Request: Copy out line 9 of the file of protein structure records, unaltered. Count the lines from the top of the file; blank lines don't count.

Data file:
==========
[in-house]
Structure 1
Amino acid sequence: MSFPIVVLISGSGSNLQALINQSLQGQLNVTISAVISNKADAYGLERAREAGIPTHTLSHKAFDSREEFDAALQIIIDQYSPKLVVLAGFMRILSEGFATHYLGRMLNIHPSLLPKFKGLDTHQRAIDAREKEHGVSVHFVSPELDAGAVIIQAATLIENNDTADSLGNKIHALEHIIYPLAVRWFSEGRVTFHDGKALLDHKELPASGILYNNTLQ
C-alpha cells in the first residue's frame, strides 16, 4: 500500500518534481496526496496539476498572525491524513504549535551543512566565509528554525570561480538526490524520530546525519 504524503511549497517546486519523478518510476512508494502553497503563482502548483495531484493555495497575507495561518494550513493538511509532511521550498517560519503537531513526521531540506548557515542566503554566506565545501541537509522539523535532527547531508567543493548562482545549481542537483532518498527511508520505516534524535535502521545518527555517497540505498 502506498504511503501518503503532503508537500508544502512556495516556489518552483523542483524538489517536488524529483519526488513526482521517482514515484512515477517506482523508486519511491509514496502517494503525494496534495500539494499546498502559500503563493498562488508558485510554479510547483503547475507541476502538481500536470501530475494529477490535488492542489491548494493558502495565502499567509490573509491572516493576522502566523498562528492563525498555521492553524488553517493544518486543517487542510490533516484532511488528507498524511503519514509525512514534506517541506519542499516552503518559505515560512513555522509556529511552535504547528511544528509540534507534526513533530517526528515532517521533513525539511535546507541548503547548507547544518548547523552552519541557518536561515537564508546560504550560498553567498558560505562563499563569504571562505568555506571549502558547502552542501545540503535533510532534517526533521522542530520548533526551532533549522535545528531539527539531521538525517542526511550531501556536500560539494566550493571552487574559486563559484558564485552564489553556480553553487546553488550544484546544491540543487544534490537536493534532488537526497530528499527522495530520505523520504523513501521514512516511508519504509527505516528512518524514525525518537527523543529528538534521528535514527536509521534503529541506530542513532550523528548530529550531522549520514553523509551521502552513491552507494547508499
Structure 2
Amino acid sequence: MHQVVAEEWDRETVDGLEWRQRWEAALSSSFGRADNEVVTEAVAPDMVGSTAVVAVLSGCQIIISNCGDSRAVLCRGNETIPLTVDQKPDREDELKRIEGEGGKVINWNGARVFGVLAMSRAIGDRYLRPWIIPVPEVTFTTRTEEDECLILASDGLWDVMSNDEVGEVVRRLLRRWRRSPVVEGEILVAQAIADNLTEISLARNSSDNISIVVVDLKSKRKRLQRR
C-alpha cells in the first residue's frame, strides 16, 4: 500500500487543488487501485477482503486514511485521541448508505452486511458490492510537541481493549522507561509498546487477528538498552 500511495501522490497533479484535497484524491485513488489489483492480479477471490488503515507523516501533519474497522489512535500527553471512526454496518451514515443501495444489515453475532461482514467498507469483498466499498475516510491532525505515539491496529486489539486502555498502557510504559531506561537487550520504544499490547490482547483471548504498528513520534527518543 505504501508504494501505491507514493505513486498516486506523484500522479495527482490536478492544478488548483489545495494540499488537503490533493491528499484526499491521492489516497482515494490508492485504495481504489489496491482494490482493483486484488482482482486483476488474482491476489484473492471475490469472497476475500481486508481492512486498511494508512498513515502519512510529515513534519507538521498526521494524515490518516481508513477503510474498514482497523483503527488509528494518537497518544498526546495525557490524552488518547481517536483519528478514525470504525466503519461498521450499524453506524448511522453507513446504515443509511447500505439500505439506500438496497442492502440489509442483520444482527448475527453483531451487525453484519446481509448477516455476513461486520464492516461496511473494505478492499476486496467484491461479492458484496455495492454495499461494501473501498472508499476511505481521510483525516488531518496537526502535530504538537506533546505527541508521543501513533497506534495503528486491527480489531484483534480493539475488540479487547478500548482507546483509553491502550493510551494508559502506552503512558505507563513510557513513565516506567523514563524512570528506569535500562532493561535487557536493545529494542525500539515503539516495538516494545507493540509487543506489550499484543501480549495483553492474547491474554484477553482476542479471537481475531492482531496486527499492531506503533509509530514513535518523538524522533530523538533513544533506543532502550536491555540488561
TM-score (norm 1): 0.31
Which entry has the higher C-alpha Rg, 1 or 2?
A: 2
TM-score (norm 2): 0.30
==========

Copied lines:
Which entry has the higher C-alpha Rg, 1 or 2?